The Seven Sacraments of the Catholic Church
The history of human salvation is the history of the way God came to men. The first step on this way was the bridging of the gulf separating God and man in the person of the one Mediator, Jesus Christ, and by his work of redemption. By means of this church, Christ makes his grace available to all. Only in this application of redemption to mankind is the redemptive action of Christ completed. The doctrine of the sacraments is the doctrine of the second part of God’s way of salvation to us. It deals with the holy signs which Christ instituted as the vehicles of his grace.
The Church teaches that there are seven sacraments. They were instituted by Christ and given to the Church to administer. They are necessary for salvation. The sacraments are the vehicles of grace which they convey. They are validly administered by the carrying out of the sign with the proper intention. Not all are equally qualified to administer all the sacraments. The validity of the sacrament is independent of the worthiness of the minister. Sacramentals are instituted by the Church and are effective by virtue of the Church’s intercession. Institution and alteration of them is reserved to the Holy See.
For specific questions about each sacrament and parish life please click on the headings below to learn more details.
Baptism is the sacrament that frees man from original sin and from personal guilt, that makes him a member of Christ and His Church. It is thus the door to a new and supernatural life.
If the Church is to fulfill in its entirety her task of saving mankind she needs the power to forgive sins. It is a power essentially different from her mission to preach the Gospel and baptize. In baptism, indeed all sins and the punishment due to them are remitted. Baptism is the first justification. But the first justification is grace and which asks of the person baptized no more than that he turn away from sin and turn in faith the Christ.
The doctrine of the Holy Eucharist consists of that of the Eucharist sacrifice, the sacrificial meal and the sacrificial food, or to express it otherwise, it consists of the doctrine of the Mass, of Communion, and of the Real Presence. There is no presence of Christ in the Blessed Sacrament that is not meant first and foremost as food for the faithful people, and there is no sacramental union with Christ in Holy Communion that is not to be thought of as a sacrificial meal: “For as often as you shall eat this bread, and drink the chalice, you shall show the death of the Lord, until he come” (! Cor. 11:26). The Eucharist meal can only be prepared in the sacrifice of the Mass.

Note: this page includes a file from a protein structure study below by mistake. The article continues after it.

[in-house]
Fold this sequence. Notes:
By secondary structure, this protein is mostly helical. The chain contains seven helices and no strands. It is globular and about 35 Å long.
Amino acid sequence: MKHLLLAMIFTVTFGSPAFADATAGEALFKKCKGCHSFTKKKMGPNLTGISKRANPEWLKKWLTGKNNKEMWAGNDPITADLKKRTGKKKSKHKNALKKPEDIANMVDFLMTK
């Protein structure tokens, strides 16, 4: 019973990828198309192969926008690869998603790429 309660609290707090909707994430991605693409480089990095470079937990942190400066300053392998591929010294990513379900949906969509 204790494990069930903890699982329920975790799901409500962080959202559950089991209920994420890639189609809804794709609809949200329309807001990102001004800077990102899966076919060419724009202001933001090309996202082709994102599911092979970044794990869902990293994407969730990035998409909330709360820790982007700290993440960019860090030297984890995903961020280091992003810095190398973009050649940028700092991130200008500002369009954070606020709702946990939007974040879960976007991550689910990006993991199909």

The sacrament of confirmation completes the sacrament of baptism. If baptism is the sacrament of re-birth to a new and supernatural life, confirmation is the sacrament of maturity and coming of age. The real confession of Christ consists in this “that the whole man submits himself to Truth, in the judgement of his understanding, in the submission of his will and in the consecration of his whole power of love … To do this, poor-spirited man is only able when he has been confirmed by God’s grace.
Matrimony is the marriage contract between Christians raised by Christ to the dignity of a sacrament. The theological and dogmatic treatment of this sacrament does not look very much to its main features of unity and indissolubility which are basic characteristics of all marriage in natural ethics; they are rather premises, though of course they attain greater significance and depth and stability in marriage as a sacrament. The fact, then, that these features take up a considerable amount of space in church documents must not be allowed to hide the theological content of this sacrament which comes to us from revelation and belongs to the supernatural order. As a sacrament, matrimony is entirely oriented on man’s supernatural goal. Matrimony and order are the two sacraments which not only serve the individual in reaching this goal but are there for the benefit of the community. Matrimony is there for the mutual help of the spouses and the increase of the people of God. Devotion to his twofold end is the way of salvation for married couple, a way sanctified by the sacrament. “Yet she shall be saved through childbearing; if she continue in faith, and love, and sanctification, with sobriety.” (1 Tim. 2:15.)
The supreme task which Christ had to fulfill was his priestly work of atonement which he completed as mediator between God and man. By the union in himself of humanity and divinity Christ is by nature the mediator. As a man from among men, Christ is our mediator with the Father; yet he is also capable of offering a worthy sacrifice to God because, by virtue of the union of his human nature with the Second Person of the Godhead, his human actions have in infinite value. In this fullest sense, the priesthood belongs to Christ alone.
As to Anointing by conferring the Holy Spirit completes the sacrament of baptism, so extreme unction is the complement and completion of penance. Penance restores the justification lost by sin, extreme unction takes away the infirmity left by sin; it “removes that state which might be an obstacle to the clothing with glory of the resurrection”; and, as every sacrament makes us men in some respect like Christ, “so we become by extreme unction like the risen Christ because it will be given to the dying as a sign of the glory to come in which everything mortal will be stripped from the elect” (Albertus Magnus.) According to the teaching of great theologians, the holy anointing makes the man who stands at the threshold of eternity and loyally co-operates with the grace of the sacrament ready to enter directly upon the Beatific Vision.